Adventures in Autistic Parenthood

Sunday, August 7, 2011

Trains, Not Planes or Automobiles:

I'm pretty well used to the idea that most of the things I'm interested in as diversions aren't universally popular in our house. Long drives, biking, walking trails, getting lost in the woods, taking pictures, and 99% of the shows on the Discovery/History channels. But it seems that even a broken clock is right twice a day, and sometimes that even happens on the right day.
   I know I'm repeating myself, but David's mom bailed when it came time for Dude's visit, and just to make it more interesting, she didn't call for the preceding 3 weeks, waiting until just 3 days before she was supposed to pick him up before informing me of her decision. After that unpleasant phone call there was 4 solid days of trying to explain to Dude why he wasn't taking a plane ride this year, and how it wasn't his fault.
   With 30 extra days of Dudeness this year I decided that we should have some sort of adventure-ish things to do on the weekends. I'm not sure why this seemed like Dude would think this was such a good idea, as his favorite adventures all revolve around his game console. But, undeterred, I plowed on. The one thing that Dave was really sad about was not getting to ride in a plane, which he absolutely loves. I got out of buying a rather expensive plane ticket to aimlessly circle the city, by telling him that we would go on a train ride for his birthday. He was unexpectedly excited about the idea. I was starting to feel pretty smart when he started talking about 'Taking the train to the plane'.  I think he was remembering the tram from the terminal to the gates at the Pittsburgh airport. Even when I told him that wasn't the train we were going on he still seemed pretty interested, so I let it lie.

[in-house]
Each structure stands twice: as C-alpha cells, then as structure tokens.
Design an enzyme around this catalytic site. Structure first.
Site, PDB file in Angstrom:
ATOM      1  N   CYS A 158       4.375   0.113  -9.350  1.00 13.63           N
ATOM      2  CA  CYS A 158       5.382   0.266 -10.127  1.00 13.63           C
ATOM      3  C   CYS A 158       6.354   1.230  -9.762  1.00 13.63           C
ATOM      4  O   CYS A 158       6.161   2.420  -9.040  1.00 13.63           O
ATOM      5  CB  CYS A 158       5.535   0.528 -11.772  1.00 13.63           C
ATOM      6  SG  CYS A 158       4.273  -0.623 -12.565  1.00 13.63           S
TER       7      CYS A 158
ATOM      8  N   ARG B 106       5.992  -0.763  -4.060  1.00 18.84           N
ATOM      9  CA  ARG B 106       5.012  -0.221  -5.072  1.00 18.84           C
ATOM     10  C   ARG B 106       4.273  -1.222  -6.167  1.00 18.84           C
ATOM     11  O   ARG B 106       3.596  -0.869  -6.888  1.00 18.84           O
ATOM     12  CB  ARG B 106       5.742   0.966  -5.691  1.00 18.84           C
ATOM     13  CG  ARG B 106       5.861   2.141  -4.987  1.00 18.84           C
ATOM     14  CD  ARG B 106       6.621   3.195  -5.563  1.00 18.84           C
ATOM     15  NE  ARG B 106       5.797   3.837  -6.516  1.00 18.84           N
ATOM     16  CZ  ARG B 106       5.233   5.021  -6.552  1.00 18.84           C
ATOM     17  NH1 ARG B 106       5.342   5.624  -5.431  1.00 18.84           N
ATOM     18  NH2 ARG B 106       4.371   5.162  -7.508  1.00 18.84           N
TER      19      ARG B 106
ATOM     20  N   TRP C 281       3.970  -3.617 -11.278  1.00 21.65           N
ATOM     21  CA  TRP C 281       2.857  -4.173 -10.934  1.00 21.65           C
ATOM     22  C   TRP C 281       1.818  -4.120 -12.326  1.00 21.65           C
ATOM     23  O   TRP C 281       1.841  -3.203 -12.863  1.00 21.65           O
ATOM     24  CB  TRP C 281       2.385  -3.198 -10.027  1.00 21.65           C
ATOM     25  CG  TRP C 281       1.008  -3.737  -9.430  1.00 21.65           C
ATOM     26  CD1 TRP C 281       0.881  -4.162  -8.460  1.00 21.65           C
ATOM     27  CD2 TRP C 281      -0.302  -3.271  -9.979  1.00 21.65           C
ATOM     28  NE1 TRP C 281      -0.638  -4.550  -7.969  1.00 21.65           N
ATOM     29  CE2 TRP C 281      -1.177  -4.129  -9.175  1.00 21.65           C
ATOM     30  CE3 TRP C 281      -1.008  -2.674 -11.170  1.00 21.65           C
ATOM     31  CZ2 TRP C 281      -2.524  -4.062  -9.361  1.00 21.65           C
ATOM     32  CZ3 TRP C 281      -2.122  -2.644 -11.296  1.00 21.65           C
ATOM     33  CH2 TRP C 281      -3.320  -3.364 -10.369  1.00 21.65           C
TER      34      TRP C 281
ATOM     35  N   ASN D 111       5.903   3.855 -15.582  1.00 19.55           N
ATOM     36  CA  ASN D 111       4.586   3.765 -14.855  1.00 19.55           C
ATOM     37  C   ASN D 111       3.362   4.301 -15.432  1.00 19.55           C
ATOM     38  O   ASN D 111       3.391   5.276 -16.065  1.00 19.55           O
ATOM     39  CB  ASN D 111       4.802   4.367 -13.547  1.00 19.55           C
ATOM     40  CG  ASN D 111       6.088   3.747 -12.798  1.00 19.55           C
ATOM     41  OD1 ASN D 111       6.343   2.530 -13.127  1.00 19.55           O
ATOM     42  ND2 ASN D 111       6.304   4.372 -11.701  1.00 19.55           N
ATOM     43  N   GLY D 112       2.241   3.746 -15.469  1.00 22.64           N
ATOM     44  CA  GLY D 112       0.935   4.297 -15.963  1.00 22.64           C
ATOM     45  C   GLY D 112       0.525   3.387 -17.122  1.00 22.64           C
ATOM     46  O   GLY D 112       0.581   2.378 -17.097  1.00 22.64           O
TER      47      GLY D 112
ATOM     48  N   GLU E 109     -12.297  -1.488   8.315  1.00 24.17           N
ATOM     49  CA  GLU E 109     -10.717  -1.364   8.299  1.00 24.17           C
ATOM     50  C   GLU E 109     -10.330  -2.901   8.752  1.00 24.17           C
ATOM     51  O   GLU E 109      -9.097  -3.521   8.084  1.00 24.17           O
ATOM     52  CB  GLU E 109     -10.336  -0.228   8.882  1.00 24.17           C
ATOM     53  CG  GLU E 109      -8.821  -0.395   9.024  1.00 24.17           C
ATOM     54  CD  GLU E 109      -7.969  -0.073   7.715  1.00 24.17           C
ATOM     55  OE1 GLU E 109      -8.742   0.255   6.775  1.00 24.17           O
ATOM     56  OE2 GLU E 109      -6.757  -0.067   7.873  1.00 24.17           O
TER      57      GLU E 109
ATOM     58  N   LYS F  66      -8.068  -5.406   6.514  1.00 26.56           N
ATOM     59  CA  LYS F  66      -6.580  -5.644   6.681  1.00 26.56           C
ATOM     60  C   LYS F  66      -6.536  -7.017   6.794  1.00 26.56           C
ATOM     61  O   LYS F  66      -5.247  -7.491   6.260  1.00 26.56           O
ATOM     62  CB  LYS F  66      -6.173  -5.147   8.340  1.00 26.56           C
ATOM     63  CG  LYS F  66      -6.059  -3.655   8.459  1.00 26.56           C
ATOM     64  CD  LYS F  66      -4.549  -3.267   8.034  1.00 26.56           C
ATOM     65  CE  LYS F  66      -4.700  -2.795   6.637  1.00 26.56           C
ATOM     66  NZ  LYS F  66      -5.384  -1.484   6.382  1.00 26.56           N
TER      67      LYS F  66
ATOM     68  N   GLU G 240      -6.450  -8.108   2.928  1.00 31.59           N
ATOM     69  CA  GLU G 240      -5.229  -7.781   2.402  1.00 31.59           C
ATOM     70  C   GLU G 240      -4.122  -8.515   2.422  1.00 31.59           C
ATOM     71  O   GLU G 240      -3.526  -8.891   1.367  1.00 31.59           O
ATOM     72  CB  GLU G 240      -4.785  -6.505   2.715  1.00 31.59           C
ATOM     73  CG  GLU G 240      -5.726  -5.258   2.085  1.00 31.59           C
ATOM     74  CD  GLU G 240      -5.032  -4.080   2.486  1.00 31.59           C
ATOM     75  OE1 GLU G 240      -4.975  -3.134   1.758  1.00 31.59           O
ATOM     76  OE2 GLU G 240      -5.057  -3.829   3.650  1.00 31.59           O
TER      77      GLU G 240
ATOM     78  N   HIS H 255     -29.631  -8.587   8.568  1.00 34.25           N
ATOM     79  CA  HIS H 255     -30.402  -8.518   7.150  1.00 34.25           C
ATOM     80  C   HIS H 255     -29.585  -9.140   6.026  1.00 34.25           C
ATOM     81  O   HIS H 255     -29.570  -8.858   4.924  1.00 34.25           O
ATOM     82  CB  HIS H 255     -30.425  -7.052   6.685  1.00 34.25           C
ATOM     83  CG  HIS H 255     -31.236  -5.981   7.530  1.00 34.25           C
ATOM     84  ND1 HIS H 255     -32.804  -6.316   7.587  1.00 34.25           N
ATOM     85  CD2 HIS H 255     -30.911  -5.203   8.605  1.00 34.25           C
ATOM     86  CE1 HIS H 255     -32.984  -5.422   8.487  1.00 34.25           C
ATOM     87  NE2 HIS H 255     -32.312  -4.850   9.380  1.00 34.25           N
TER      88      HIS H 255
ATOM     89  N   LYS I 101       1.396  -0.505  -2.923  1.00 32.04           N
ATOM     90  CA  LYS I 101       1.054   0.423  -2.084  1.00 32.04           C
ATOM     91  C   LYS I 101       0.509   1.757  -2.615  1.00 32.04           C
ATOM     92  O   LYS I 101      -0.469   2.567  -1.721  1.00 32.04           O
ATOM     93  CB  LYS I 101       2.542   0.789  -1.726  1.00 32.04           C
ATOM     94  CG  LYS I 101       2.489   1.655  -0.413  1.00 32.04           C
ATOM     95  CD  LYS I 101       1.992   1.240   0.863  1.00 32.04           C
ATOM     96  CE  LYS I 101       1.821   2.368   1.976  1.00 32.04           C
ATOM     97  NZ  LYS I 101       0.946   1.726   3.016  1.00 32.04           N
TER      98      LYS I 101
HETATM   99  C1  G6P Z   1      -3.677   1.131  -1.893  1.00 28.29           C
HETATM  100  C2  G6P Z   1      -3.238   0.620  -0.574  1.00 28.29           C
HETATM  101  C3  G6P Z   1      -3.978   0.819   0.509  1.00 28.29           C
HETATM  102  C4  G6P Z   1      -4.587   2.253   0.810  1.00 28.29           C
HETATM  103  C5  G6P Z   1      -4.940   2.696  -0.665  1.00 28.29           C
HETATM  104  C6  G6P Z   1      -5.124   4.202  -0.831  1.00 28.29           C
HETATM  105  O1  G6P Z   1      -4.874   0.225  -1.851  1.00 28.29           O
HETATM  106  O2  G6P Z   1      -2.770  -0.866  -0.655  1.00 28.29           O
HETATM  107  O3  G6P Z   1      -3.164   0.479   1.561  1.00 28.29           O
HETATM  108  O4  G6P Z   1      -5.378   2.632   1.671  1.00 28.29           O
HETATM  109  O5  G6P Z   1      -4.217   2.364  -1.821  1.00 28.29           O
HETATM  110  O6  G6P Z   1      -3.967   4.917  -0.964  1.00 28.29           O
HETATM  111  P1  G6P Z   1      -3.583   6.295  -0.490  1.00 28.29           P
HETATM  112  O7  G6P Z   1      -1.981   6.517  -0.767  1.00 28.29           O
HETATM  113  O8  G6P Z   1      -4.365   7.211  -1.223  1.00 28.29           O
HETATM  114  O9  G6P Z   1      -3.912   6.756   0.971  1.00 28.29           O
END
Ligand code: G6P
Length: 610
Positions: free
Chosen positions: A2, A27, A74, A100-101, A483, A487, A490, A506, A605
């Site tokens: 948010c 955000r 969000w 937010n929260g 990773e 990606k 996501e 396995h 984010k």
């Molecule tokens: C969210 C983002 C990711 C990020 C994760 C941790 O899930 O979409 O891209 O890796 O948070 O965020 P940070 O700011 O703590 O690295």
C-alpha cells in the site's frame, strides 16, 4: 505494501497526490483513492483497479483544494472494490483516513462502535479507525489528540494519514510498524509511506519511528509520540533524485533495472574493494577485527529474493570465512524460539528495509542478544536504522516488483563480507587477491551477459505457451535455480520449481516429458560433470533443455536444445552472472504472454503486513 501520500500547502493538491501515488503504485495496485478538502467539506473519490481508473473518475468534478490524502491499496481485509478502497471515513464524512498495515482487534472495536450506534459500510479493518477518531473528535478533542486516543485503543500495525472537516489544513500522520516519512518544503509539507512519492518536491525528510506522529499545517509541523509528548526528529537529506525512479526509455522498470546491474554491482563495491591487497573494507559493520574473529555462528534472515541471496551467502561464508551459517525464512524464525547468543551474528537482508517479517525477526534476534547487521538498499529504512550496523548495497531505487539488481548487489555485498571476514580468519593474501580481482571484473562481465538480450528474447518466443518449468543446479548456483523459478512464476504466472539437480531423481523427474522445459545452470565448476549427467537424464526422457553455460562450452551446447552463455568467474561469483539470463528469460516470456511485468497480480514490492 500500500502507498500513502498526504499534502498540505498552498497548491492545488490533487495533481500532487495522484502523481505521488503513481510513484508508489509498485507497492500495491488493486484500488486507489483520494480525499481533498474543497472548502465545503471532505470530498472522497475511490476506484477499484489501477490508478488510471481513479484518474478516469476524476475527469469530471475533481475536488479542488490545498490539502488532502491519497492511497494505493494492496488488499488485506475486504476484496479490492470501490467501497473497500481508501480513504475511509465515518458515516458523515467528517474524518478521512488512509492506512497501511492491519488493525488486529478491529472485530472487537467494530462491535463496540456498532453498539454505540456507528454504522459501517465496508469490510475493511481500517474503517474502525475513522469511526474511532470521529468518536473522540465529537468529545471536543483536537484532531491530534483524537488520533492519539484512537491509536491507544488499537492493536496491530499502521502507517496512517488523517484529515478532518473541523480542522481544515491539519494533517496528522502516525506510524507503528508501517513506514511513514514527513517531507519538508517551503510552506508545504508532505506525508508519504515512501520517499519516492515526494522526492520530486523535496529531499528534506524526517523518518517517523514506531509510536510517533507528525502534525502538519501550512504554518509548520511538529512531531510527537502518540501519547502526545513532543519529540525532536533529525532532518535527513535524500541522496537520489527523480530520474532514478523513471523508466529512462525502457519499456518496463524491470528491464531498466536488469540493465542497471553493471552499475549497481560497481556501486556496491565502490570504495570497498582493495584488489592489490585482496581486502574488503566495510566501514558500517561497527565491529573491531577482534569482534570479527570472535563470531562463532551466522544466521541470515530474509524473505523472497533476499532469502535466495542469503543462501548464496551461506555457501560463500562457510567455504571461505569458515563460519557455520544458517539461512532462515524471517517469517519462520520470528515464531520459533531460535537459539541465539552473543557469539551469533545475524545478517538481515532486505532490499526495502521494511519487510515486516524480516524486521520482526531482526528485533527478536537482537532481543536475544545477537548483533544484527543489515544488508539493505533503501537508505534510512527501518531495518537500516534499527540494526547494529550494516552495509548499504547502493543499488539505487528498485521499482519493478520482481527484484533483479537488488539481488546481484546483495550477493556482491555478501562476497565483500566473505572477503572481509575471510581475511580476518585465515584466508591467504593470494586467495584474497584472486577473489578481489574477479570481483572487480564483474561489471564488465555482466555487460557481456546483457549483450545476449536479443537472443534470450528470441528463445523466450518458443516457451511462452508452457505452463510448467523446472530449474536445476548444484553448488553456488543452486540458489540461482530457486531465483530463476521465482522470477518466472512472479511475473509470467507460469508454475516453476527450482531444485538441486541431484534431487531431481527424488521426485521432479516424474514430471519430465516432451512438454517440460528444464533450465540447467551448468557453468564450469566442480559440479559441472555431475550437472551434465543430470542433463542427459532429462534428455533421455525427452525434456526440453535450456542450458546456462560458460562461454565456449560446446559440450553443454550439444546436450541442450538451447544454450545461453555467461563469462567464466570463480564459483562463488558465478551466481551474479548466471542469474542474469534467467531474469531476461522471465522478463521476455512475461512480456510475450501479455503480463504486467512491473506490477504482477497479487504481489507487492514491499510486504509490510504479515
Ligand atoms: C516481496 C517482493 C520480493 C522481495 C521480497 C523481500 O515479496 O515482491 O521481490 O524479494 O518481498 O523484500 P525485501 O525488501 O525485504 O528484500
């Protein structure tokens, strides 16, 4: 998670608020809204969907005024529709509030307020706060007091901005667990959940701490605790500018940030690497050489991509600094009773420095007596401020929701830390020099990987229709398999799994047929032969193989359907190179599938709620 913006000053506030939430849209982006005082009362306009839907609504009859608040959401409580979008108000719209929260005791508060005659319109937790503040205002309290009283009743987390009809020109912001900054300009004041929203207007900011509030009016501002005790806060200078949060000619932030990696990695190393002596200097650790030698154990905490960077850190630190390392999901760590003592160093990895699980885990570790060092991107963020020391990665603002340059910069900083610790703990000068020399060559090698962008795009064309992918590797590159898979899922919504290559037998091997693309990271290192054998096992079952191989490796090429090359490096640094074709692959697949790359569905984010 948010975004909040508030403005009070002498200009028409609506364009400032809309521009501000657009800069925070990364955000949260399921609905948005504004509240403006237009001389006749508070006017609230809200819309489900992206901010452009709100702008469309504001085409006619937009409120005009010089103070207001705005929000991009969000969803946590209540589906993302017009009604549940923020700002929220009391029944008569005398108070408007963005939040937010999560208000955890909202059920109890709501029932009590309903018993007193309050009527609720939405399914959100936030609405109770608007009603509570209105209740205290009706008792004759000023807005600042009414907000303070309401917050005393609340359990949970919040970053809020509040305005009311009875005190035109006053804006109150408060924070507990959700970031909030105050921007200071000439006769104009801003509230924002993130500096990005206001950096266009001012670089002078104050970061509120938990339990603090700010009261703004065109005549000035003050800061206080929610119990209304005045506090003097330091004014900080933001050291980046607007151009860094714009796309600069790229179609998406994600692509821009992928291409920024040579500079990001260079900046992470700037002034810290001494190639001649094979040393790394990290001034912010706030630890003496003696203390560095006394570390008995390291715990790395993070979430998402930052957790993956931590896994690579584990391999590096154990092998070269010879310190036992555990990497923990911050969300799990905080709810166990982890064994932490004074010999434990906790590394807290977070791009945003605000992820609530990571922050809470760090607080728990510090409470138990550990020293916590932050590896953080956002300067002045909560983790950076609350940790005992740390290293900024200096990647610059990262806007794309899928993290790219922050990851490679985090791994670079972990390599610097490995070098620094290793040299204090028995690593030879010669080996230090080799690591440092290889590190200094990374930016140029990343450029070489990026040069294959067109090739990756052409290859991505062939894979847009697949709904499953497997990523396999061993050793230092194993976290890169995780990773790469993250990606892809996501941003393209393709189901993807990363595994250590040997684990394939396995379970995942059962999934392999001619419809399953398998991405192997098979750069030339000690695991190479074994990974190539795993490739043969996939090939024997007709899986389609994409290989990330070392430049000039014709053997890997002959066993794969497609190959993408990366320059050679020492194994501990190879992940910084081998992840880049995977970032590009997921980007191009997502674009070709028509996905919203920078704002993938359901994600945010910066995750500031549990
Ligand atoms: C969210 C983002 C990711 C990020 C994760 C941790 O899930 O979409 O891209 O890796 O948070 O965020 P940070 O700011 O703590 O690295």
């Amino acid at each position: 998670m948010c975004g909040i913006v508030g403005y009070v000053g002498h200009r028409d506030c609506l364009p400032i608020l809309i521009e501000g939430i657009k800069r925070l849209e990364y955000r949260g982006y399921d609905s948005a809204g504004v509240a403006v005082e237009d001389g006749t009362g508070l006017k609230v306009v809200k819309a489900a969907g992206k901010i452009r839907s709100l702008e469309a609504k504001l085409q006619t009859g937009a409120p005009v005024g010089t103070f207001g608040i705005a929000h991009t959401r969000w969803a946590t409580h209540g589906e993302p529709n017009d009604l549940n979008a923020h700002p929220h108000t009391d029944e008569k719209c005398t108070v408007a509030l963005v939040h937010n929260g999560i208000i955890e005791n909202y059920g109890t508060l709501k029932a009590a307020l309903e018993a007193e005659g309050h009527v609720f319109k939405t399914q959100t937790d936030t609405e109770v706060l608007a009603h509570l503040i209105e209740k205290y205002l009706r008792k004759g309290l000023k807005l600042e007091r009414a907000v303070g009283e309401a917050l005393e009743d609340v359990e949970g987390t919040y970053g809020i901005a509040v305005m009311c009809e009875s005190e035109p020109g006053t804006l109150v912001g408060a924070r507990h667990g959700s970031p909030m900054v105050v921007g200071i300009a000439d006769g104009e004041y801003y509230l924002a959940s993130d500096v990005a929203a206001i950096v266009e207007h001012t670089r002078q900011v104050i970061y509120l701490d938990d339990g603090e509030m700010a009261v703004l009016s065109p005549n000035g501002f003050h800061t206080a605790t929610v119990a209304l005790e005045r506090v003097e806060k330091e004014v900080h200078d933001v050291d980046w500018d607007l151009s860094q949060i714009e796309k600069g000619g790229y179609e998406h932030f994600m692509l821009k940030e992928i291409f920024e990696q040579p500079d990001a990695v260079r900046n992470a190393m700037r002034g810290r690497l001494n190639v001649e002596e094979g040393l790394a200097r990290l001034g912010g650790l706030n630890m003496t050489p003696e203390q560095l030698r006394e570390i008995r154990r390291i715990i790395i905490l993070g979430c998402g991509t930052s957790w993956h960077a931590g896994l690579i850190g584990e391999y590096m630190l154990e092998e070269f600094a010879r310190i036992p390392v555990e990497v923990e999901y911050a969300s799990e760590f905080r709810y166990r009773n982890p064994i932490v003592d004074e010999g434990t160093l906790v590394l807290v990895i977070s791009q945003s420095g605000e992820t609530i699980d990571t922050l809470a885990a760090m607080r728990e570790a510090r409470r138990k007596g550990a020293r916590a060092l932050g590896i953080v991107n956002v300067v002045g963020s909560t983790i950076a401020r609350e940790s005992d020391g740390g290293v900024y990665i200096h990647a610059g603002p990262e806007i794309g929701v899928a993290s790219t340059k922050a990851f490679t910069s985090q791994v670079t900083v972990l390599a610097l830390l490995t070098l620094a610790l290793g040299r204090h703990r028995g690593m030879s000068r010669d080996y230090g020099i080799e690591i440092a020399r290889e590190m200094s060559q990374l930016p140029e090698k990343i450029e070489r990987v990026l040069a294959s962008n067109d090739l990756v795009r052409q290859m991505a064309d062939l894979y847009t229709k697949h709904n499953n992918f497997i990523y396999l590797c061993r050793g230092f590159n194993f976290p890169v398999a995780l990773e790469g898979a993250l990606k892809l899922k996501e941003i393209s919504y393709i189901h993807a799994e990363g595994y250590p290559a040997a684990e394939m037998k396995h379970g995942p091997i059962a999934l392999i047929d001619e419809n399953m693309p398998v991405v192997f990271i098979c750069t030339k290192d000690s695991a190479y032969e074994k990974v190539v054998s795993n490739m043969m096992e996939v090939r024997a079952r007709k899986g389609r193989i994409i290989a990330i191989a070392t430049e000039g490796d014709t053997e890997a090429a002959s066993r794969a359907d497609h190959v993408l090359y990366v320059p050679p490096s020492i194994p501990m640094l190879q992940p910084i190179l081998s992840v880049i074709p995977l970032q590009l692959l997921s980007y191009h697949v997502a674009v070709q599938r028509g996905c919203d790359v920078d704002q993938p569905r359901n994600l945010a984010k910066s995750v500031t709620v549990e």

Our first expedition was a scouting trip to Oil Creek State Park, the birthplace of the entire petroleum industry and home to the Titusville and Oil Creek Rail Road. On the way we stopped in a Sheets and across the street at the local DMV was a strange flower garden. There were 14 or so flowers all made out of street signs. Raine immediately knew that a photo op would ensue. She was right. I tried to get Dude excited about the signs, but he just said, 'Yeah.' and turned up the MP3 player.
   We got to the park and did a little car-scouting (which pleased my two passengers no end as the didn't have to walk anywhere) until we found a short circle-trail along the creek and through a little bit of woods. Despite complaints to the contrary we did not walk the entire Appalachian Trail (2100 miles), we walked maybe a mile on a nearly completely flat trail.